Intellectual Property

PRIVACY

What is Privacy Law?

Privacy law covers a wide range of laws, regulations, and directives that cover how personal information is collected, used, transferred, and sold by companies. The rules vary by country, state, and industry. Europe has lead the way with the General Data Privacy Regulation (GDRP) which went into effect May 2018. California has followed suit, implementing the California Consumer Privacy Act (CCPA) which took effect January 2020. Generally speaking, these laws provide sweeping protections for consumers, and places tighter restrictions on companies. 

Beyond the GDRP and CCPA, certain industries face enhanced regulatory privacy compliance requirements. Notably, financial institutions must comply with the Gramm-Leach-Blliley Act (GLB), also known as the Financial Modernization Act, which requires financial institutions to explain how they share and protect their consumers' private information. In the healthcare realm, the HIPPA Privacy Rule protects individuals' medical records and other personal health information. 

Privacy Assessment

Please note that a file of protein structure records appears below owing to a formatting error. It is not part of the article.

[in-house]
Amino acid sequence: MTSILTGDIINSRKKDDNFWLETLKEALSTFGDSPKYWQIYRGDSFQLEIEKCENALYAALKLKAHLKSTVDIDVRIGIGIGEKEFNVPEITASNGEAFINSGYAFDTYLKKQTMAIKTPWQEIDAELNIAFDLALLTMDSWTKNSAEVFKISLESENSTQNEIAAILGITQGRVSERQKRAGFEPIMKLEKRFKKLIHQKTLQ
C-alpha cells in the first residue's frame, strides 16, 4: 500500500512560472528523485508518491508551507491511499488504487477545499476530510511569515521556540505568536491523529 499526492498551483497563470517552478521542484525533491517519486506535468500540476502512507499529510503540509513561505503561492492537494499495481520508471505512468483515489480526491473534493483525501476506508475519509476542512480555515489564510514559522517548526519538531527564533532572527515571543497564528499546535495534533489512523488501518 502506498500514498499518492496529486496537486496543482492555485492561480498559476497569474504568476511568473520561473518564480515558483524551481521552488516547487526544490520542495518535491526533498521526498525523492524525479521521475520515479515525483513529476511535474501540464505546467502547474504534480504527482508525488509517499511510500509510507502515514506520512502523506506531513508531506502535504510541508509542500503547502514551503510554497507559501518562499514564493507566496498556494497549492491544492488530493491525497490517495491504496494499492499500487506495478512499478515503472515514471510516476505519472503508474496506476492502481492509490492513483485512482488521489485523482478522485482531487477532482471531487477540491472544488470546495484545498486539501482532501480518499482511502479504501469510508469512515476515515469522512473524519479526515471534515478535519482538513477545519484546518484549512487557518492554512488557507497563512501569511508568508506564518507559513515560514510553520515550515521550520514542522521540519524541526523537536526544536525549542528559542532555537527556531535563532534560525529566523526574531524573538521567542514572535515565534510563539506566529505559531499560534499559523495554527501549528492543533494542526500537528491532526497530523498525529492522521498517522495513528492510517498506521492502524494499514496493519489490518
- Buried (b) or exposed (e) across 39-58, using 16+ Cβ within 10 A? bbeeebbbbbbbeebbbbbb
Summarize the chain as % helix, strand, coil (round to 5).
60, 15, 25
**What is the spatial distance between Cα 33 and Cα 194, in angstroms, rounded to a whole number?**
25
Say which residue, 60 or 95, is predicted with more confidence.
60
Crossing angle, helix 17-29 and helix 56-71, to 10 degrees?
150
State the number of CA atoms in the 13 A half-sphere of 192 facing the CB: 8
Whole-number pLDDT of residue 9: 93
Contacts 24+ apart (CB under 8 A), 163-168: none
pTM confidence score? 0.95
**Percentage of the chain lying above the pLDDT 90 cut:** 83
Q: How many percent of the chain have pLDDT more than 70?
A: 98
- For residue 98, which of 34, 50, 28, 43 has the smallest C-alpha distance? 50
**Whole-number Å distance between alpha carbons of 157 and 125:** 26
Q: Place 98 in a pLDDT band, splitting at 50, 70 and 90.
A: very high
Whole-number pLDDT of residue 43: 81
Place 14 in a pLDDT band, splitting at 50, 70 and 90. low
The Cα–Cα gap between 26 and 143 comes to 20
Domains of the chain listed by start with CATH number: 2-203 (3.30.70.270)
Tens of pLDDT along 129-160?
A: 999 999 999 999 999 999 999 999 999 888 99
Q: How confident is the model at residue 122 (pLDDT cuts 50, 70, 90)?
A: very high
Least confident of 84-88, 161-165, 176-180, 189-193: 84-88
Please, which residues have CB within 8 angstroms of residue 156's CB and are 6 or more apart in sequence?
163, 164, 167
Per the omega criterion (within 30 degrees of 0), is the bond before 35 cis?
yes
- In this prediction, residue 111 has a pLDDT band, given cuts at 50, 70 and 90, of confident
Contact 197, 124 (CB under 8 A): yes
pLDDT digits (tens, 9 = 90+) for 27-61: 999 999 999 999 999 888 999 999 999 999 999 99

The first step in determining what laws apply and whether you are in compliance with those laws is to conduct a Privacy Assessment. During an assessment by NOLI IP SOLUTIONS, we will identify the rules applicable to your industry, review your past, present, and future data collection, protection, and sharing activities, and assess the steps that must be taken to ensure compliance.

Privacy Policy Drafting

Depending on the results of the assessment, it may be necessary to implement an internal (for employees) and/or an external (for clients) privacy policy. Internal policies will address how employees handle your customers' personal information, the measures taken to protect it, and the practices of retaining, destroying, or transferring it. An external policy will address such things as what information you collect, what you do with it, and procedures customers can utilize to obtain their data or have it destroyed. 

Privacy Audits & Response

Once you have a policy in place that meets the requirements of the applicable law, a best practice is to conduct periodic privacy assessments to ensure continued compliance and to identify any potential risk areas. In the event of a breach, it is also important to ensure that the proper actions are taken to maintain any safe harbors or other mitigation opportunities in order to limit the potential liability and damages. 

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